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Ivanka Trump Was Asked If Teachers Should Be Armed & Her Answer Was BS

Since assuming the role of advisor to the president (aka favorite daughter to the president), Ivanka Trump has seriously kicked her PR training up a notch. She's mastered the eye roll-inducing art of giving a vague "both sides" answer when asked pretty much any controversial question, whether it's about her father's sexual misconduct allegations, feminism, or gun safety. She proved the latter during a visit to PyeongChang for the Winter Olympics this week. Ivanka Trump shared her thoughts regarding arming teachers in the wake of the Parkland shooting — and people are unsurprisingly dissatisfied with her remarks.

"You're a mom of three young children. Do you believe that arming teachers would make children safer?" NBC correspondent Peter Alexander asked Ivanka.

“To be honest, I don’t know," she responded at first. “Obviously, there would have to be an incredibly high standard for who would be able to bear arms in our school,” she continued. “But I think there is no one solution to creating safety.”

"You advising your dad on this? Do you advise him on other topics?" Alexander asked her.

“I think that having a teacher who is armed, who cares deeply about her students or his students and who is capable and qualified to bear arms is not a bad idea, but it is an idea that needs to be discussed,” she said.

According to several studies cited by Vox, arming teachers is not the ideal solution — and in fact, could lead to even more gun violence in schools.

People on Twitter had a lot to say about Ivanka's comments.

Donald Trump proposed the idea of arming educators to prevent gun violence in the wake of the Feb. 14 Parkland shooting, in which an armed gunman opened fire on Marjory Stoneman Douglas High School in Parkland, Florida. Trump shared his thoughts on the matter at the Conservative Political Action Conference last week, according to CNN, telling the crowd that "well-trained, gun-adept teachers and coaches" should carry guns at school. "I mean, I don't want to have a hundred guards with rifles standing all over the school," he explained. "You do a concealed carry permit. This would be a major deterrent, because these people are inherently cowards."

He further emphasized his thoughts in a tweet on Saturday, adding that the teachers who would be armed would be trained and get a yearly bonus, and that the decision would be up to the states. "Armed Educators (and trusted people who work within a school) love our students and will protect the. Very smart people," he tweeted. "Must be firearms adept & have annual training. Should get yearly bonus. Shootings will not happen again - a big & very inexpensive deterrent. Up to States."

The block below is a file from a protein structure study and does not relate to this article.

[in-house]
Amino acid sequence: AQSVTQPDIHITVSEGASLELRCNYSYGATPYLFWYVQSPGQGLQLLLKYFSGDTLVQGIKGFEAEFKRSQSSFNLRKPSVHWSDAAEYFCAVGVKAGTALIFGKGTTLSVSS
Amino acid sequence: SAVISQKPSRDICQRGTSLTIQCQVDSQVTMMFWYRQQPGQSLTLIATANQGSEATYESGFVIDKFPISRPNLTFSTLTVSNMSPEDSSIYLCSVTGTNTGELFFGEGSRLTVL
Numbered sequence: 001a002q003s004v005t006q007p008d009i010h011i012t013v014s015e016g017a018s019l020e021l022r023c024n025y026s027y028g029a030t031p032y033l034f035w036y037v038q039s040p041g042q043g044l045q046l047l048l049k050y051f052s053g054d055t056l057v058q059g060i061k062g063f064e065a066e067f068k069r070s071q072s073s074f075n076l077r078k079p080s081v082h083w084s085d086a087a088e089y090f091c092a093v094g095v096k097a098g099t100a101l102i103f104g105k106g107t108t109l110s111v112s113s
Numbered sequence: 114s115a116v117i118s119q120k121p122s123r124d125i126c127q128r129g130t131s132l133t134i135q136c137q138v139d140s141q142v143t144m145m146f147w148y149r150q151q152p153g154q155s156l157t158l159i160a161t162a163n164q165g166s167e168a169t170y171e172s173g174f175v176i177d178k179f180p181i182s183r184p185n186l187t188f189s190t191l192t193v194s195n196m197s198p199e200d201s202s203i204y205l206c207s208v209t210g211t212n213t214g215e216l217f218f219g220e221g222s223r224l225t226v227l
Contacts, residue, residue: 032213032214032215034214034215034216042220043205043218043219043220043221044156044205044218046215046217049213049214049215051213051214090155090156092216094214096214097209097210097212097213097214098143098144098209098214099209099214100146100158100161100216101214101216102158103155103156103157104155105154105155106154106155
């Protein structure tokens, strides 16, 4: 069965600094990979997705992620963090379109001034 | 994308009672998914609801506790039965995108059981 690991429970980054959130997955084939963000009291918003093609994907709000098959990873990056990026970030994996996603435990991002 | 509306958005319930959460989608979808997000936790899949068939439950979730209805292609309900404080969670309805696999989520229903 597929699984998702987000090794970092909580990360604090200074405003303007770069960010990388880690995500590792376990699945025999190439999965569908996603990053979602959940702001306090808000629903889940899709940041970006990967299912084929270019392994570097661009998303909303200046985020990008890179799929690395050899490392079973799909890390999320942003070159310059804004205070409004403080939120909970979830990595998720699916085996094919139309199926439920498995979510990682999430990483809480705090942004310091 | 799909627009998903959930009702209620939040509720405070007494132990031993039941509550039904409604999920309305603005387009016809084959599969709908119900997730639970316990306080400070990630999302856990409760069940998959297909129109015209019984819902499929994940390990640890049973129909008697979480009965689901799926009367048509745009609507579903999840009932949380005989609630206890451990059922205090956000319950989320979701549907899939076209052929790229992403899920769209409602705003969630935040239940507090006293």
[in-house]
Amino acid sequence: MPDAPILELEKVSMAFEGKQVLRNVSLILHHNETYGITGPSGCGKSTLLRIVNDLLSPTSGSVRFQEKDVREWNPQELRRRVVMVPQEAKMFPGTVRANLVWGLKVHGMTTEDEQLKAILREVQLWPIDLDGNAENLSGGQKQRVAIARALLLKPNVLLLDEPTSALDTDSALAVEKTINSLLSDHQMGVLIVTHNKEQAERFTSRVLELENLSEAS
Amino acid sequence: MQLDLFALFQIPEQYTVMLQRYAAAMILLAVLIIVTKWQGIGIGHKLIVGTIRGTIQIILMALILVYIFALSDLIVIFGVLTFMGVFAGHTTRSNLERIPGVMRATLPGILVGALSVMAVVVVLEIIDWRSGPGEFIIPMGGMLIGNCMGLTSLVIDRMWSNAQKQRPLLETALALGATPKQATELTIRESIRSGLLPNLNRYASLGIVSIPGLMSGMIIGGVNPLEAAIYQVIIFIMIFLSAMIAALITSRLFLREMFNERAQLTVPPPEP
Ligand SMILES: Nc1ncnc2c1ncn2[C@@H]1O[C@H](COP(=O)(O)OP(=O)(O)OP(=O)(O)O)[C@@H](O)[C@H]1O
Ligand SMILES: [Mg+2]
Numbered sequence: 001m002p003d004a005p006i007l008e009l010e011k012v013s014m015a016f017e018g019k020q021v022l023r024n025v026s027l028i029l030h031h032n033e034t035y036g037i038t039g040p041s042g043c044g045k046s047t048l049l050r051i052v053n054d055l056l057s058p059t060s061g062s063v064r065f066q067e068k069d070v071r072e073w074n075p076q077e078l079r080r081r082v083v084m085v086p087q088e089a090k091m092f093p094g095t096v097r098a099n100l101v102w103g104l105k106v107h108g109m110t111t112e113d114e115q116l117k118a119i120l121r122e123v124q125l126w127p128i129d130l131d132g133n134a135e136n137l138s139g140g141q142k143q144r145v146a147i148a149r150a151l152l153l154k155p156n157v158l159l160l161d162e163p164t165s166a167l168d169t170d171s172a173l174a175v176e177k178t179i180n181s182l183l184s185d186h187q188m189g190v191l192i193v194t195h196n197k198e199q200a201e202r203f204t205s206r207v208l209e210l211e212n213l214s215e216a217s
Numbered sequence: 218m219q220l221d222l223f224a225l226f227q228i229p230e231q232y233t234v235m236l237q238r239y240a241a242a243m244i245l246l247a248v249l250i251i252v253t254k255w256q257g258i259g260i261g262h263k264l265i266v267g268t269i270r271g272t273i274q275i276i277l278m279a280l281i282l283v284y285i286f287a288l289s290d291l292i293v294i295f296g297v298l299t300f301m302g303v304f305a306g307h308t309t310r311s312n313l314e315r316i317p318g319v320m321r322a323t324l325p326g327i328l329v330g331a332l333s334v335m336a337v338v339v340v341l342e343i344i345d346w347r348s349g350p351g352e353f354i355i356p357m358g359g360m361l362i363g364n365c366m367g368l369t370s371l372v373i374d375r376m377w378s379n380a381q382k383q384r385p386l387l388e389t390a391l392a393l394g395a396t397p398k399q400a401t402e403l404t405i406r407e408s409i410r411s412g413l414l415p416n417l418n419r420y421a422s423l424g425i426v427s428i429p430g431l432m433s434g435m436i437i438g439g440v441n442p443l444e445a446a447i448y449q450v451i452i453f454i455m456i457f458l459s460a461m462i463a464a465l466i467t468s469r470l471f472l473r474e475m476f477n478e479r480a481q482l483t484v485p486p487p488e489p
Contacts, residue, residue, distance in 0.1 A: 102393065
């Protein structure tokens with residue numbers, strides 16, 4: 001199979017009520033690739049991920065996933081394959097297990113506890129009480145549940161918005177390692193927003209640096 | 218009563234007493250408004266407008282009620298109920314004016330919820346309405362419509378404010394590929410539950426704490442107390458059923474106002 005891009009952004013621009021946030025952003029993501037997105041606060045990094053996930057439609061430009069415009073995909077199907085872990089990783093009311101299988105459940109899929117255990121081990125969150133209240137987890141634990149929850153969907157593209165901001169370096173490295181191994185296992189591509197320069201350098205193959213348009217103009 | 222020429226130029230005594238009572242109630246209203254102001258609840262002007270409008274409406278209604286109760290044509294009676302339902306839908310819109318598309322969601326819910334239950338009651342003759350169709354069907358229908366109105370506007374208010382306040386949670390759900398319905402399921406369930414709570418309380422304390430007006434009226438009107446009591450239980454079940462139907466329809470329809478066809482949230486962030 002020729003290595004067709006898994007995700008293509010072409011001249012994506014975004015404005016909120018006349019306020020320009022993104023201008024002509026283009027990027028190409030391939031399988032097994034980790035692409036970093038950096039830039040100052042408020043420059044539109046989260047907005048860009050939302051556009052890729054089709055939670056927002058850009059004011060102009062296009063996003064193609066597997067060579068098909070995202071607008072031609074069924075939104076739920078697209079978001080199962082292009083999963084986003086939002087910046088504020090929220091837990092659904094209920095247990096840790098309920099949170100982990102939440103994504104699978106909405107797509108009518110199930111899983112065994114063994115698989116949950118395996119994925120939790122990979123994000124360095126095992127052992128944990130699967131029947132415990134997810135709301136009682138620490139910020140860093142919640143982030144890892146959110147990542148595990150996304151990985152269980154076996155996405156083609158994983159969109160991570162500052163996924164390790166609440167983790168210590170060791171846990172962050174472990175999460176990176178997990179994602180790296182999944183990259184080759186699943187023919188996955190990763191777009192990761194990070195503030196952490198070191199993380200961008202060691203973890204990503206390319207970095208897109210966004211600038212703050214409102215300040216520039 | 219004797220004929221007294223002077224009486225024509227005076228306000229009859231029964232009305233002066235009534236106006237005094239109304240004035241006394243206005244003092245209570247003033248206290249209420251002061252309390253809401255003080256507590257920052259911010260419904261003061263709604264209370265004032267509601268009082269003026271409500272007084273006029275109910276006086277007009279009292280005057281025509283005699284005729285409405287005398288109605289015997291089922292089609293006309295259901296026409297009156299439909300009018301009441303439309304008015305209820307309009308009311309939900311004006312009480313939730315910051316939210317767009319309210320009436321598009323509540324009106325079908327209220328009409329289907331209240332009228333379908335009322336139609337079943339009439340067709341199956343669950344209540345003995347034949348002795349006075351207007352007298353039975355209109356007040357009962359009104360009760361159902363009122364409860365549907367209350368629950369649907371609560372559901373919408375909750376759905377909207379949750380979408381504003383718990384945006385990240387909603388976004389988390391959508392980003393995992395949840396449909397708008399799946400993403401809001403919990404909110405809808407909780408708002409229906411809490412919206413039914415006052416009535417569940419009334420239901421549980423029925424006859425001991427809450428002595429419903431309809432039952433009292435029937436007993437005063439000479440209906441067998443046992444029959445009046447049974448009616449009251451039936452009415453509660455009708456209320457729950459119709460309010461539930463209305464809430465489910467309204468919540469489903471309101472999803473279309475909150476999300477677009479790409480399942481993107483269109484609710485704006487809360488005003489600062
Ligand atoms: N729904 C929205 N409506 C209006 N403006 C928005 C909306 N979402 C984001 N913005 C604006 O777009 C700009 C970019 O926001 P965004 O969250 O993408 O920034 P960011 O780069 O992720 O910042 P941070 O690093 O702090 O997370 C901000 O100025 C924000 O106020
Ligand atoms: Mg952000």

Trump, members of his administration, and other conservatives seem to be focused on the idea of arming teachers as a way of distracting people from the clear solution: instilling stricter gun safety regulations. Since the shooting, many people have risen up to demand better gun safety laws, including a group of Marjory Stoneman Douglas High School students who survived the shooting. They are organizing the upcoming March For Our Lives, a nationwide march spearheaded in Washington, D.C., in order to clearly demand better gun safety laws.

Instead of arming teachers, some have suggested putting better security in our nation's schools. Andrew Pollack, whose daughter Meadow Jade Pollack was killed in the shooting, directly asked Trump about this in a "listening session" the president held for families and friends of victims. "Let’s get together, work with the president, and fix the schools. That’s it. No other discussions," Pollack told Trump in the meeting. "Security, whatever we have to do. Get the right people, the consultants ... These are our commodities. I'm never gonna see my kid again."

It is a shame that Ivanka Trump fails to see why arming teachers is not the right solution, because she potentially holds the power to change her father's mind on topics like this.

Check out Romper's new video series, Bearing The Motherload, where disagreeing parents from different sides of an issue sit down with a mediator and talk about how to support (and not judge) each other’s parenting perspectives. New episodes air Mondays on Facebook.